|Blanchard, Peter. Under the flags of freedom: slave soldiers and the wars of independence in Spanish South America. Pittsburgh, 2008. 242p bibl index afp; ISBN 9780822943471, $60.00; ISBN 9780822959922 pbk, $26.95. Reviewed in 2009may CHOICE.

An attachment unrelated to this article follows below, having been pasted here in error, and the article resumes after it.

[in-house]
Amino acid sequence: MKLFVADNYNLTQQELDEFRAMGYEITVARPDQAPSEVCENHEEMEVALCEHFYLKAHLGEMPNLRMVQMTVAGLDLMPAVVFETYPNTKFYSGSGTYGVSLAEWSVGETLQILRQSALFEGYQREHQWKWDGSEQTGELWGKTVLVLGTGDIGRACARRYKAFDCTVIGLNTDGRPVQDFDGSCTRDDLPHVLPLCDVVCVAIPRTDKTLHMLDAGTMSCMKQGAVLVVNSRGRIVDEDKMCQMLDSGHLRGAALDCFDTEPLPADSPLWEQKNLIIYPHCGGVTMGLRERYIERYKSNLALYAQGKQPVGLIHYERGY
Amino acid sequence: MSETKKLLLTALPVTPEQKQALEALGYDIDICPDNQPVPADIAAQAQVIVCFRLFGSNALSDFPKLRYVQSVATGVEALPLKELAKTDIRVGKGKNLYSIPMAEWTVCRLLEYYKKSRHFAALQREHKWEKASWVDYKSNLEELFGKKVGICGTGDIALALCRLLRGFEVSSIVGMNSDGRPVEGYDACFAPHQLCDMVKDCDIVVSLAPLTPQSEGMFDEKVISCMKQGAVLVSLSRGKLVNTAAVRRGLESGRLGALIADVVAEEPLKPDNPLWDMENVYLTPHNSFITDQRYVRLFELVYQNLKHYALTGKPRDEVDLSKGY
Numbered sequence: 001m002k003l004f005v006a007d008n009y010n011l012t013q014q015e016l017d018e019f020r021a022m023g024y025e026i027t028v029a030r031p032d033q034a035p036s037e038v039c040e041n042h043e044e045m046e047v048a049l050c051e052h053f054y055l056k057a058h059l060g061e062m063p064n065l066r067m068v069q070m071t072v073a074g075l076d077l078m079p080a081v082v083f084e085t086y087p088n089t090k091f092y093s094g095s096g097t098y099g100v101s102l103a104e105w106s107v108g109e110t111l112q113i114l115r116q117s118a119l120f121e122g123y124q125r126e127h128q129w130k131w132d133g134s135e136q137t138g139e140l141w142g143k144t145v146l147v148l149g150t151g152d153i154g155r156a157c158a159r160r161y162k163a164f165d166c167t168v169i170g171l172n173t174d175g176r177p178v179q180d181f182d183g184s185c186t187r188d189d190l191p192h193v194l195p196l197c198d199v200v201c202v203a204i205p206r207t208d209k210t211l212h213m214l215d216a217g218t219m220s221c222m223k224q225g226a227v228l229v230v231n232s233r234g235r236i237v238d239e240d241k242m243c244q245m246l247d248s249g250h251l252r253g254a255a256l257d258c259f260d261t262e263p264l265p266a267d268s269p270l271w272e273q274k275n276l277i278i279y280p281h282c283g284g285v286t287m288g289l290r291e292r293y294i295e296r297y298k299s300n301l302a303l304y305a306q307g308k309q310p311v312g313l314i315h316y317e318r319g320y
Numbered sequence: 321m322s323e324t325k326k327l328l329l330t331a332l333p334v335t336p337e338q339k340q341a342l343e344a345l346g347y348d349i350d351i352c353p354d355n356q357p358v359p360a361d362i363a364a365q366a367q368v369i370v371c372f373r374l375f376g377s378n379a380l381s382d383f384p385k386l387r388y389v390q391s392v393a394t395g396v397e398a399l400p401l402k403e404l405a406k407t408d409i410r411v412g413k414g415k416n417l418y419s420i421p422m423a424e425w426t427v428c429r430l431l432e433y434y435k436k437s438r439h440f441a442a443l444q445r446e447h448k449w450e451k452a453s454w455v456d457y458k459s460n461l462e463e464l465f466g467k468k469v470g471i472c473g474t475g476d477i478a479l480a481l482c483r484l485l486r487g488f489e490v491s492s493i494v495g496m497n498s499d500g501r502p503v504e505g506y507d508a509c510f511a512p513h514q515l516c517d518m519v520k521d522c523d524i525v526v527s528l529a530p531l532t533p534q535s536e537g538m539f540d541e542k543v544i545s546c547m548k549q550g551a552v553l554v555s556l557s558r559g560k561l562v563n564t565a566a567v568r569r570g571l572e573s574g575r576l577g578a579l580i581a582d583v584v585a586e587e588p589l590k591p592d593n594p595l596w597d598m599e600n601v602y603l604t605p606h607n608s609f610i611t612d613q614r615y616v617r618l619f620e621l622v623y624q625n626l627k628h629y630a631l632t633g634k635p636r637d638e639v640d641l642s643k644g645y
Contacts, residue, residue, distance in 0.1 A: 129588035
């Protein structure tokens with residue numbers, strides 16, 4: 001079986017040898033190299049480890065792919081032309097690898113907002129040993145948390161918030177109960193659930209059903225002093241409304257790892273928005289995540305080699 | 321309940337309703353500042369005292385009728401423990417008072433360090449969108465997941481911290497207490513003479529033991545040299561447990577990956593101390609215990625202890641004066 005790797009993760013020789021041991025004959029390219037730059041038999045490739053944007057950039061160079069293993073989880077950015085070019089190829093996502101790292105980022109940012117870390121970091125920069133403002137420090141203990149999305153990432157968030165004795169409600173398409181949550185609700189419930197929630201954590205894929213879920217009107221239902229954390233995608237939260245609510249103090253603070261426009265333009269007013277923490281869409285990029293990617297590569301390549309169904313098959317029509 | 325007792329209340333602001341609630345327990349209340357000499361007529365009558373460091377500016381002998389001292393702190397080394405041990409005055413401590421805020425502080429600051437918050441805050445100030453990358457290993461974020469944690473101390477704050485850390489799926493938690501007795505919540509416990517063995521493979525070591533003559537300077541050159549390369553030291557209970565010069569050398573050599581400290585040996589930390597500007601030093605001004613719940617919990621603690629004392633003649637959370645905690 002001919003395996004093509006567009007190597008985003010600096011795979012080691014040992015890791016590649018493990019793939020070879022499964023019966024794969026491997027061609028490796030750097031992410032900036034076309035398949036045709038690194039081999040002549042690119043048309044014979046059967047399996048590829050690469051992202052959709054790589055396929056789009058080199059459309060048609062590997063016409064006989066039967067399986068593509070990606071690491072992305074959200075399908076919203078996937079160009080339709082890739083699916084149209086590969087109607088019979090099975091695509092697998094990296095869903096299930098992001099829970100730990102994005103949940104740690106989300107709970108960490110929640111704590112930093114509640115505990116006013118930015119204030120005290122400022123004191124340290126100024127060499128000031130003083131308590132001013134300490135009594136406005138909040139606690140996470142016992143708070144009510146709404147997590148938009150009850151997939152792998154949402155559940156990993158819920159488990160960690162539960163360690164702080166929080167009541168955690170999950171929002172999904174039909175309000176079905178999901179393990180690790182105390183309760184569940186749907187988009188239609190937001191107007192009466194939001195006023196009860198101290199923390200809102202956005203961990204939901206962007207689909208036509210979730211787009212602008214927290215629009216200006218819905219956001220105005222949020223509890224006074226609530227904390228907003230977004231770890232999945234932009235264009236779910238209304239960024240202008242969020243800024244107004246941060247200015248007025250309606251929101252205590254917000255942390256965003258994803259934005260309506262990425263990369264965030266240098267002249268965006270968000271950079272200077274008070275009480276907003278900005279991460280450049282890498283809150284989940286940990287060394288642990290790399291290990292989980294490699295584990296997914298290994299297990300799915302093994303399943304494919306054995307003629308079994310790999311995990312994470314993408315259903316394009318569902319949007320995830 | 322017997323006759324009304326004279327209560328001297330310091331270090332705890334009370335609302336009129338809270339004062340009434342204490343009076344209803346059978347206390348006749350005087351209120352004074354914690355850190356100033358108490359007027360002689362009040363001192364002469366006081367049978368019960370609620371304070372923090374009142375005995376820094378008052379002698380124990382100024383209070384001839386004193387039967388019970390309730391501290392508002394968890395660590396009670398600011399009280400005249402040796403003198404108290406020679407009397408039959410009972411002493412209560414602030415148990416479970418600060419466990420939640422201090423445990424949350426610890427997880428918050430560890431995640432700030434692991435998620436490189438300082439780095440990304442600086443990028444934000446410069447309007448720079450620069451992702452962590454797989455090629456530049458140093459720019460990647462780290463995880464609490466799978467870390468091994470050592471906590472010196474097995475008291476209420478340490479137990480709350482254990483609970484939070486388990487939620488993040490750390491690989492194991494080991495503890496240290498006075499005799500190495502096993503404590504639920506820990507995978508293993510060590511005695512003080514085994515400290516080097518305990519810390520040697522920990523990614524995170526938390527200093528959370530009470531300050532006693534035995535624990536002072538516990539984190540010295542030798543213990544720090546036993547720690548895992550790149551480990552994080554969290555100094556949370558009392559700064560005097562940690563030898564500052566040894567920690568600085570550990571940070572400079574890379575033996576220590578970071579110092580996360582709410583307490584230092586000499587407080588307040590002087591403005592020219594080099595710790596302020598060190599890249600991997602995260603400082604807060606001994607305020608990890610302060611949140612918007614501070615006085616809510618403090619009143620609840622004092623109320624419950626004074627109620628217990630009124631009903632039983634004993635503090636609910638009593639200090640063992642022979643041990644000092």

Slaves faced fundamental ironies and contradictions during the wars for independence in Latin America. They often had little reason to support either the Spanish Crown, which was ultimately behind their enslavement, or the Creole elites who were their masters. While patriots cast the war as one for liberty, they were more concerned with their property rights than freedom for their slaves. Slaves, on the other hand, often pledged support to the royalist cause in return for promises of freedom. Military service provided slaves with an avenue for social advancement and personal freedom. In response, Creoles began to support freedom for slaves as a pragmatic step in order to gain their support in the independence struggles. Creoles also came to see military service as a way to unload "defective merchandise." They increasingly requested compensation in return for freeing their slaves as the material destruction of the long war lowered the need for slave labor on their plantations. Economic self-interest rather than ideology drove these changes in policy. The war did not mean an end to slavery, but it did fundamentally change the face of slavery in Latin America. Summing Up: Recommended. All levels/libraries. -- M. Becker, Truman State University